While a substantial amount in both samples felt that there should unconditionally be no distancing (35% in the General American sample, 32% in the Jewish American sample), about half in each sample (47% in the General American sample, 52% in the Jewish American sample) felt that there should be selective distancing, based on behavior or policy issues that individual Jewish Americans may disagree with.

General population sample

Jewish population sample

The data here indicate that despite positive attitudes toward Israel among both “general” and Jewish Americans, there remains a strong sentiment that some separation should exist, especially when there are policy differences about Israeli actions.

Perception of “Combating” Antisemitism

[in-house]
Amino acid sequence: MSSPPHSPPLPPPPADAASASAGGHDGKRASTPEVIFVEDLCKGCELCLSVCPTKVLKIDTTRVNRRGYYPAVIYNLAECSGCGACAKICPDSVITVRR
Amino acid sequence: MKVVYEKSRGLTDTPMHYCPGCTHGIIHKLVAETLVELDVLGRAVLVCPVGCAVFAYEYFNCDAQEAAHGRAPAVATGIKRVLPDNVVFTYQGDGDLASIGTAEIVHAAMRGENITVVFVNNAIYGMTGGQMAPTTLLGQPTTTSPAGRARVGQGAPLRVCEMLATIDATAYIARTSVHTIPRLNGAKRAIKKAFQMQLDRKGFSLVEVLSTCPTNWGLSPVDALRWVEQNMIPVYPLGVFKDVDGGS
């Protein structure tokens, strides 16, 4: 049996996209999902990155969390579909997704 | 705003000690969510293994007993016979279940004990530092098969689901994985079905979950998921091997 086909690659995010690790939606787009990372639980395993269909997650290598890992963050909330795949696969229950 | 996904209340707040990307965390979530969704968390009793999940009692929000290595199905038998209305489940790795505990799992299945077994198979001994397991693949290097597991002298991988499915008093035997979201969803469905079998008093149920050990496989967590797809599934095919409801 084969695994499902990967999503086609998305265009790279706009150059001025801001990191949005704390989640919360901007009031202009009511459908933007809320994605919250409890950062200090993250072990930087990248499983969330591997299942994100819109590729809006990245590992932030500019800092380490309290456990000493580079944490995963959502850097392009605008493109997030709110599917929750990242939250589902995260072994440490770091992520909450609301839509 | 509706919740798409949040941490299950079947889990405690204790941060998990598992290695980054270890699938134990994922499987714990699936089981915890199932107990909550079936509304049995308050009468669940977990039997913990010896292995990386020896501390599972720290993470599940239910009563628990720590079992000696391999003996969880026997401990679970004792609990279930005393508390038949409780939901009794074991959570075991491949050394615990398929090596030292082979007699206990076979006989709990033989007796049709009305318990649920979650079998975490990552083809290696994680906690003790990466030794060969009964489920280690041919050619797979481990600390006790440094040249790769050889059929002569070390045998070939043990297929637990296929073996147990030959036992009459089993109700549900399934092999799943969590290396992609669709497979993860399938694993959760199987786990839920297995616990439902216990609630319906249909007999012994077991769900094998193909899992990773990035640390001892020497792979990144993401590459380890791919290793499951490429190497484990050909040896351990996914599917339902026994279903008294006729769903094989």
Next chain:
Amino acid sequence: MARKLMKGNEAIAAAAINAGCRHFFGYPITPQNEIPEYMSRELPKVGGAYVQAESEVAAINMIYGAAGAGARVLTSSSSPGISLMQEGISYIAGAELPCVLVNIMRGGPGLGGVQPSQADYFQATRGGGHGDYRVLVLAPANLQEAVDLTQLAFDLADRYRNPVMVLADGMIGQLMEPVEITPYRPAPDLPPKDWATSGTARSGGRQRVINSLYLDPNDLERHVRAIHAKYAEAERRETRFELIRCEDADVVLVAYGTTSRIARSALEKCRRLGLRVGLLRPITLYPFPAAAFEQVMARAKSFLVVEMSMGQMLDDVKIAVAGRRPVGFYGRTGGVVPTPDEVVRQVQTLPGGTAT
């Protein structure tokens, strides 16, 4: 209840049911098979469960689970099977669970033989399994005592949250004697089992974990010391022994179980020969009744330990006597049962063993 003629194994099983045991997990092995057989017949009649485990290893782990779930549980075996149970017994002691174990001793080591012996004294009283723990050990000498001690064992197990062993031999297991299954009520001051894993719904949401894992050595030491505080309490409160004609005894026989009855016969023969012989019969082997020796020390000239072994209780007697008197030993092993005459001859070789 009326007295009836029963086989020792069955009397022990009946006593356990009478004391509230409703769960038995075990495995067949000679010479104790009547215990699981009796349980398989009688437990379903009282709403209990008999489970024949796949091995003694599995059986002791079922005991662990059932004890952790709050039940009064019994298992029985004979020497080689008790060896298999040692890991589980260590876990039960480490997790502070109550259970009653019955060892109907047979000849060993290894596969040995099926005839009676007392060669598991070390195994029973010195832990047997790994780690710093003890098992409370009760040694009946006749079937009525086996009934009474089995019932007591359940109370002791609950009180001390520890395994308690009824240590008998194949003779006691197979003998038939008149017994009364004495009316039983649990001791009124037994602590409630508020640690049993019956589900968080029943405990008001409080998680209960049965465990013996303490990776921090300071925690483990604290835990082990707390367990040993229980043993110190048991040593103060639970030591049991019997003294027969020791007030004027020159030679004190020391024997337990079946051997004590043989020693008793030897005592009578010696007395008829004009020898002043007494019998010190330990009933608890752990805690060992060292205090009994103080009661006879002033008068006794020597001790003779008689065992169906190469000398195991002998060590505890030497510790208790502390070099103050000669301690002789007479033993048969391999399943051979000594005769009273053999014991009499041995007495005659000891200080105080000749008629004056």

The impression of a rise in antisemitism in the United States is reflected in reports from reliable sources whose claims range from saying 25% of Jewish Americans have experienced an antisemitic incident (with 3% saying it was a physical attack) and that 42% of Jewish Americans have experienced antisemitism6 to findings that 93% are “concerned” about it.7 Part of the reason for this relatively wide range is the lack of specificity and consistency between the various surveys and the differences in when the surveys took place. This is not to criticize the accuracy of any particular report, but it is an explanation for how statistical reports can be (and are) interpreted differently by different people. As a result, we have headlines that reflect opinions (here from ADL chief Jonathan Rosenblatt) that “Jews across the [United States] are terrified,”8 which are based on interpretation of events (and sometimes data) and not directly on any particular data themselves. In addition, news stories can attribute attacks that are “possible” hate crimes to antisemitism based on the identity of the victim alone, before the attack is actually verified as a hate crime and without investigating other possible reasons for the attack.9 Further complicating reports are data, especially campus-based data, that use the term “unsafe” without specifying that this term does not imply any specific threat or action but merely connotes a subjective sense of discomfort with specific offensive speech.10